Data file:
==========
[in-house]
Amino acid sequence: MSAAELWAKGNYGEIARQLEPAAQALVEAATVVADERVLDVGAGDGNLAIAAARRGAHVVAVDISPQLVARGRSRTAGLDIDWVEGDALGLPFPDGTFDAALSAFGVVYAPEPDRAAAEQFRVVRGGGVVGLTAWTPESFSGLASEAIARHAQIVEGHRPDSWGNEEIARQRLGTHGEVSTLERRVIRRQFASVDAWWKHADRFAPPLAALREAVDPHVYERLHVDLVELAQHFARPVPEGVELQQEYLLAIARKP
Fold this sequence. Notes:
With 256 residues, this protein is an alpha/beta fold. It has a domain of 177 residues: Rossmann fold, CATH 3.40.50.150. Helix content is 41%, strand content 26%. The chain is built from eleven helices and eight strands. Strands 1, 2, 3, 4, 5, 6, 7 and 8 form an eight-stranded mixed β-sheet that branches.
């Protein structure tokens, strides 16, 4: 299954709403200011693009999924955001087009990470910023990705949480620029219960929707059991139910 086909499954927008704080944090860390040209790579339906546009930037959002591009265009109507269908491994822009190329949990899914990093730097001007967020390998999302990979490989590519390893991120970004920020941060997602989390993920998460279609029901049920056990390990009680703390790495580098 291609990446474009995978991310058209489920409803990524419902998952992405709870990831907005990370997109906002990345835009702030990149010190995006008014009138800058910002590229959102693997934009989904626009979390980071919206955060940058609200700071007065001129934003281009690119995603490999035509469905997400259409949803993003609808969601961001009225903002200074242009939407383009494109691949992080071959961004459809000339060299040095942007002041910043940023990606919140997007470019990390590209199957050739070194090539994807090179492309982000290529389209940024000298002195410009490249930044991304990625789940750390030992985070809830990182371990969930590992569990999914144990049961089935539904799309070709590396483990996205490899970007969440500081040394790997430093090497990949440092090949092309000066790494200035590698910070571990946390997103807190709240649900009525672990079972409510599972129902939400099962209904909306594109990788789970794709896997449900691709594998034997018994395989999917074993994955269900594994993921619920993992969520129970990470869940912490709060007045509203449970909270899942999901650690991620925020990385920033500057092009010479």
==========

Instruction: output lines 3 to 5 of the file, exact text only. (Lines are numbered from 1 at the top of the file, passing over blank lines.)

Fold this sequence. Notes:
With 256 residues, this protein is an alpha/beta fold. It has a domain of 177 residues: Rossmann fold, CATH 3.40.50.150. Helix content is 41%, strand content 26%. The chain is built from eleven helices and eight strands. Strands 1, 2, 3, 4, 5, 6, 7 and 8 form an eight-stranded mixed β-sheet that branches.
């Protein structure tokens, strides 16, 4: 299954709403200011693009999924955001087009990470910023990705949480620029219960929707059991139910 086909499954927008704080944090860390040209790579339906546009930037959002591009265009109507269908491994822009190329949990899914990093730097001007967020390998999302990979490989590519390893991120970004920020941060997602989390993920998460279609029901049920056990390990009680703390790495580098 291609990446474009995978991310058209489920409803990524419902998952992405709870990831907005990370997109906002990345835009702030990149010190995006008014009138800058910002590229959102693997934009989904626009979390980071919206955060940058609200700071007065001129934003281009690119995603490999035509469905997400259409949803993003609808969601961001009225903002200074242009939407383009494109691949992080071959961004459809000339060299040095942007002041910043940023990606919140997007470019990390590209199957050739070194090539994807090179492309982000290529389209940024000298002195410009490249930044991304990625789940750390030992985070809830990182371990969930590992569990999914144990049961089935539904799309070709590396483990996205490899970007969440500081040394790997430093090497990949440092090949092309000066790494200035590698910070571990946390997103807190709240649900009525672990079972409510599972129902939400099962209904909306594109990788789970794709896997449900691709594998034997018994395989999917074993994955269900594994993921619920993992969520129970990470869940912490709060007045509203449970909270899942999901650690991620925020990385920033500057092009010479």